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Atomic git working commits are impractical
From a popular HN thread titled Git is my buddy: Effective Git as a solo developer (mikkel.ca):
twodave 22 hours ago [–]
The "every commit must be independent" ideology sounds nice when you write it down, but often you'll have such large changes that in order to make them independent you'd have to basically finish an entire feature. In those cases I tend to just indicate WIP (work in progress) in my commit messages with a brief snippet about what progress was made.
This way, if you skip all the WIP commits you'll have mostly runnable code, and if you want to review a PR commit-by-commit it's easier to see what was being attempted in each commit than to only look at the feature as a whole.
Once is dunce, twice is nice, never thrice
This seems like a classic case wherein messy execution should be followed immediately by meticulous cleanup.
Messy execution exploits top-of-mind opportunities without permitting administrative overhead chores to distract.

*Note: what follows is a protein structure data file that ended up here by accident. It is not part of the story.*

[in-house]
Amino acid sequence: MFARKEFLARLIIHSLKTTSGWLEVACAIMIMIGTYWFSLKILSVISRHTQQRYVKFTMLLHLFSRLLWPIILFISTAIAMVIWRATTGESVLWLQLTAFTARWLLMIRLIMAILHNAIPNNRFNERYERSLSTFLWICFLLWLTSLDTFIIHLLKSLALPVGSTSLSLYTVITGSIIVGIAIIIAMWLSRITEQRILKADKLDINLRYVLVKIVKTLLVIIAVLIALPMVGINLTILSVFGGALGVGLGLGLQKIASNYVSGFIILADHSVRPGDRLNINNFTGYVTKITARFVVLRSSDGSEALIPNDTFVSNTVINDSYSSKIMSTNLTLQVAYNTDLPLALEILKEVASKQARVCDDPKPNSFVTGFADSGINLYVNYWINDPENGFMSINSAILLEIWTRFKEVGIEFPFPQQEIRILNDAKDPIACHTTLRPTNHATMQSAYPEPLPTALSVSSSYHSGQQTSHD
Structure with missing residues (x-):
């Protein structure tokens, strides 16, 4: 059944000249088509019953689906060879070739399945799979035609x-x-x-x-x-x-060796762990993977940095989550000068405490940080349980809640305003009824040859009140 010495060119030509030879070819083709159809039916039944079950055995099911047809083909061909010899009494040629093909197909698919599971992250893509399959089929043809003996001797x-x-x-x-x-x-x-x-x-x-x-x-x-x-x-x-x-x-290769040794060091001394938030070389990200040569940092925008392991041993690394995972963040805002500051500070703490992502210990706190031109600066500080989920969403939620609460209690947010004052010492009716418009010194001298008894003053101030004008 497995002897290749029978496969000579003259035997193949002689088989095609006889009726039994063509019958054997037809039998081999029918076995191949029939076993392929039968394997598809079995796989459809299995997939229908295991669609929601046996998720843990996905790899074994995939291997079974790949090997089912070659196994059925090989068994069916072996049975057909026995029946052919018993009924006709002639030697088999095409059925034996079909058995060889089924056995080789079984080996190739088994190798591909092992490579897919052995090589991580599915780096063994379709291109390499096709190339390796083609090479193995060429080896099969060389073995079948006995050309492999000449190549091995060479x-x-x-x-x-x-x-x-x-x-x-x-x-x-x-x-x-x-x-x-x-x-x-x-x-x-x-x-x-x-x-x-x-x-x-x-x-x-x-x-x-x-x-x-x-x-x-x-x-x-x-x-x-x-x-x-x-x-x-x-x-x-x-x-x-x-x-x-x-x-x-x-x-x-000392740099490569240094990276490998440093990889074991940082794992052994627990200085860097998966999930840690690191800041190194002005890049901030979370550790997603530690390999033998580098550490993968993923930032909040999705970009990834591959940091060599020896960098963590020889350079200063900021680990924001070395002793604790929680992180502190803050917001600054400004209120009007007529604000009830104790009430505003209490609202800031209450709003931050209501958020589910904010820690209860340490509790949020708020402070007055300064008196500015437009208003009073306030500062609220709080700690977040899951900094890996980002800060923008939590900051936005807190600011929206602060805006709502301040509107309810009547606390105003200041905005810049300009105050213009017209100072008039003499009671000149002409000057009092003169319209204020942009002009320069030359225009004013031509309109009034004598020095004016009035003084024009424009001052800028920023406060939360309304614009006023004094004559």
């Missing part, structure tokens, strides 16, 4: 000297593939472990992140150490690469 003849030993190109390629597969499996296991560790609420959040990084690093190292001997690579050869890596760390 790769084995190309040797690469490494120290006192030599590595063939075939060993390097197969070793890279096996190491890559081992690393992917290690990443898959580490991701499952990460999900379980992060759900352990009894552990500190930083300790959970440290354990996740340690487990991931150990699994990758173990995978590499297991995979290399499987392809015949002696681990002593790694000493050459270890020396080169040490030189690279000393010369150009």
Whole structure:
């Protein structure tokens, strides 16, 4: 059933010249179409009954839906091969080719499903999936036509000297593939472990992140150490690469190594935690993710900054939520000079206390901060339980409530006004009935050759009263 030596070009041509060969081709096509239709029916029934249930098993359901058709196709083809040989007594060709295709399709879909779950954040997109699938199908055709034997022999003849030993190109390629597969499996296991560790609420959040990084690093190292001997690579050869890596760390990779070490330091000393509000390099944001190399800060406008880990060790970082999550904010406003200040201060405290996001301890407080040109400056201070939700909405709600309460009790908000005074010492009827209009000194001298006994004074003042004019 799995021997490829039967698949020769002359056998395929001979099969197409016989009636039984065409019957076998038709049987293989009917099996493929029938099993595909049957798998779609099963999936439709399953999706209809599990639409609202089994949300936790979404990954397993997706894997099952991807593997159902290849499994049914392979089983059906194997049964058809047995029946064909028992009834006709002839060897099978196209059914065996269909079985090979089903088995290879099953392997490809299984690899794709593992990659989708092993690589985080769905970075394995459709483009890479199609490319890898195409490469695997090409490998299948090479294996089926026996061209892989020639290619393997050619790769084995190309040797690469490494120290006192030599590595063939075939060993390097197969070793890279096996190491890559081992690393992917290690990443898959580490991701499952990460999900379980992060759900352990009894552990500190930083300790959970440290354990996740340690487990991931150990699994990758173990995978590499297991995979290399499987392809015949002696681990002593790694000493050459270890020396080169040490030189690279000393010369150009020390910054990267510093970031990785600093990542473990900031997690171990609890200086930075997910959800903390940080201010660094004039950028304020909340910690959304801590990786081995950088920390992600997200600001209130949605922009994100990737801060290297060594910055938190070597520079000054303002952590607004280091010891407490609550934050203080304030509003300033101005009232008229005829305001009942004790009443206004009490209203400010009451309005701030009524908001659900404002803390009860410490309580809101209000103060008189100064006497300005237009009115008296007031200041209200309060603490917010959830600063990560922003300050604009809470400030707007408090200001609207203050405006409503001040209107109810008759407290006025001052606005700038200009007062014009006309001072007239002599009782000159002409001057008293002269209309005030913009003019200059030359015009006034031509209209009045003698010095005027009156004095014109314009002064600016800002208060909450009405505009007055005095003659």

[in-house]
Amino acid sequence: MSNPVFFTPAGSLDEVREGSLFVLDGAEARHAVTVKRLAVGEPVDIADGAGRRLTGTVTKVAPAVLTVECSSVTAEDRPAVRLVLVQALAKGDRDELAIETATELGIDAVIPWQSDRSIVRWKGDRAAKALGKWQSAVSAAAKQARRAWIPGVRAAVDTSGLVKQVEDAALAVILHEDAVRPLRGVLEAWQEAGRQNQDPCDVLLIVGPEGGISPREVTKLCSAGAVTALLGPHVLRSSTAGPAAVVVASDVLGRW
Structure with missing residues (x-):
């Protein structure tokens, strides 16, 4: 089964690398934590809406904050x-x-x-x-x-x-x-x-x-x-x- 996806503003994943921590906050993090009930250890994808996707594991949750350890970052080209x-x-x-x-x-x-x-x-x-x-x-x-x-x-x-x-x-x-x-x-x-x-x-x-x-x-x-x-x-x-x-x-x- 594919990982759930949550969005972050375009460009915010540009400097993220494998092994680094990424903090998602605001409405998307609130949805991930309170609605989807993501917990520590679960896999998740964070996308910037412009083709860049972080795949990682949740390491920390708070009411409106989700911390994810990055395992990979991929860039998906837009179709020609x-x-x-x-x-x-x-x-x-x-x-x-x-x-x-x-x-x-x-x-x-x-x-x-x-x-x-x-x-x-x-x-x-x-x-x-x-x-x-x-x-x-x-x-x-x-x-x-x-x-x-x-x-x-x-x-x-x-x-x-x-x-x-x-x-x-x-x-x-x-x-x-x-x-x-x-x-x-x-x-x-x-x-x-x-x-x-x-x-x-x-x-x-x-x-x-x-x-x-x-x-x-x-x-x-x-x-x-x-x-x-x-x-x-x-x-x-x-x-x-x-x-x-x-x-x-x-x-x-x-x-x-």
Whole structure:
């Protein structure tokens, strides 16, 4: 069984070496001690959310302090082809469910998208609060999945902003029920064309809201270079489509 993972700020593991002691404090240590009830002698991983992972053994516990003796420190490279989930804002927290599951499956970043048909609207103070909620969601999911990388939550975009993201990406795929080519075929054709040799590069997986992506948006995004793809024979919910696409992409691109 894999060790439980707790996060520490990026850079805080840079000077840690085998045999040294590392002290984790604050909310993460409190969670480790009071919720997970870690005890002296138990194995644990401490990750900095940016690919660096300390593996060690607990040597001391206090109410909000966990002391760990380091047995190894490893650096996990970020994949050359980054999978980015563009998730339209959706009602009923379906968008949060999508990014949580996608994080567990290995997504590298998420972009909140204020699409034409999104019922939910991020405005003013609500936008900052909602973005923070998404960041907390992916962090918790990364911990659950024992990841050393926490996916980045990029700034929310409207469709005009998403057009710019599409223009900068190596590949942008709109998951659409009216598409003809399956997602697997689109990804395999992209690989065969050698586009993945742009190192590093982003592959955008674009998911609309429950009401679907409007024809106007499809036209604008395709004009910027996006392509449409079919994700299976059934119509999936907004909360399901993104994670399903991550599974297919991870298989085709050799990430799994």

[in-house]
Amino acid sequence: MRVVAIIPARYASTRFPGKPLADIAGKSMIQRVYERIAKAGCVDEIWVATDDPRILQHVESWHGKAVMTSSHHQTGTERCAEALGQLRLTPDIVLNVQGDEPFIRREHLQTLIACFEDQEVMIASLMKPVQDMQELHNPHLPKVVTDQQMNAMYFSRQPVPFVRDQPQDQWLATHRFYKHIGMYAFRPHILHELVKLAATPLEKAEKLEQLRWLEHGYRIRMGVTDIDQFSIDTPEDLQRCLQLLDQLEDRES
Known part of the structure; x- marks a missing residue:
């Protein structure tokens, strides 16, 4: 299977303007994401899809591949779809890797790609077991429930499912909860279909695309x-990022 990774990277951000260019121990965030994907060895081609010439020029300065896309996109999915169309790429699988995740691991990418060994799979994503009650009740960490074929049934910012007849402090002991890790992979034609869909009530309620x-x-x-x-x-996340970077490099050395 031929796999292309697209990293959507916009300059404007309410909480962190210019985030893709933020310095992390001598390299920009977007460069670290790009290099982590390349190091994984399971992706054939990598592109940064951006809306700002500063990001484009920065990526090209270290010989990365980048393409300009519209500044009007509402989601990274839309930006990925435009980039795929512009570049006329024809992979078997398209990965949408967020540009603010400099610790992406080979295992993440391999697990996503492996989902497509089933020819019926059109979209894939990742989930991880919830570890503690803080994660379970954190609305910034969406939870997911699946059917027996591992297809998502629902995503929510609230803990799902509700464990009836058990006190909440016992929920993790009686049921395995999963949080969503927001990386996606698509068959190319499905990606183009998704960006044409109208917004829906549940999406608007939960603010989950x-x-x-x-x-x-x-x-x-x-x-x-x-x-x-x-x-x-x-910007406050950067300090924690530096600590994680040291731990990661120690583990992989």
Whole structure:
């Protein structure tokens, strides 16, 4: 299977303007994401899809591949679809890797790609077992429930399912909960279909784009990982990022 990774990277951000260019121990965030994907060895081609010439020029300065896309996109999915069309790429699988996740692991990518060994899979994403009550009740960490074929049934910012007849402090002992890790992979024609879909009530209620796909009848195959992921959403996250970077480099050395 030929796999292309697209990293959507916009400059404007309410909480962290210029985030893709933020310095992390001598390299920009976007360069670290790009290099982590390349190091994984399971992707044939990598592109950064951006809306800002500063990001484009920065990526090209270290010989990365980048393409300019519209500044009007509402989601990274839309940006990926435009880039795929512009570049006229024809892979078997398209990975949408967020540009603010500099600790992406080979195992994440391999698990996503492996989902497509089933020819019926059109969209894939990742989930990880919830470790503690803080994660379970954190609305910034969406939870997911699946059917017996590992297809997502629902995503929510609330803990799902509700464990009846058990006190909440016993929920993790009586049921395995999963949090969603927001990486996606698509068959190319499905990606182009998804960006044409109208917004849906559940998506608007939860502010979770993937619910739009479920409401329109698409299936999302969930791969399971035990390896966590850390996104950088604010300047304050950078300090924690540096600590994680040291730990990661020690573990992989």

Immediate meticulous cleanup constructs an idealized legible history, with the advantage of familiar recency.
The human brain itself works this way, consolidating long-term memory overnight during sleep.
The next question is how best to implement this workflow in git.
One option would be to use complex arcane git commands to transform a messy actual work history into an idealized legible official record. Even if the user performs this transformation perfectly, at minimum it causes a loss of information about the actual work history, by altering messy commits.
Therefore it's better to write completely new commits for the official record. One's idiosyncratic work history doesn't belong in the public collaboration git repo.
I find it easier to use separate git repos, one personal and the other collaborative. I transfer info between them only via manually syncing the working trees.
It may take syncing from multiple personal commits to update the official record sensibly, which sounds like a burden, until compared to the alternative of trying to understand a mysterious ancient official commit embracing multiple unrelated changes.
Code spelunkers unsatisfied with the terseness of the official record should be free to investigate the contributing dev's personal repo to sort through his chaos for clues.
Lazy solo devs of juvenile projects may resort to an official record that is little more than a series of (hopefully) working checkpoints. The lean startup sometimes skips showers as well as meals.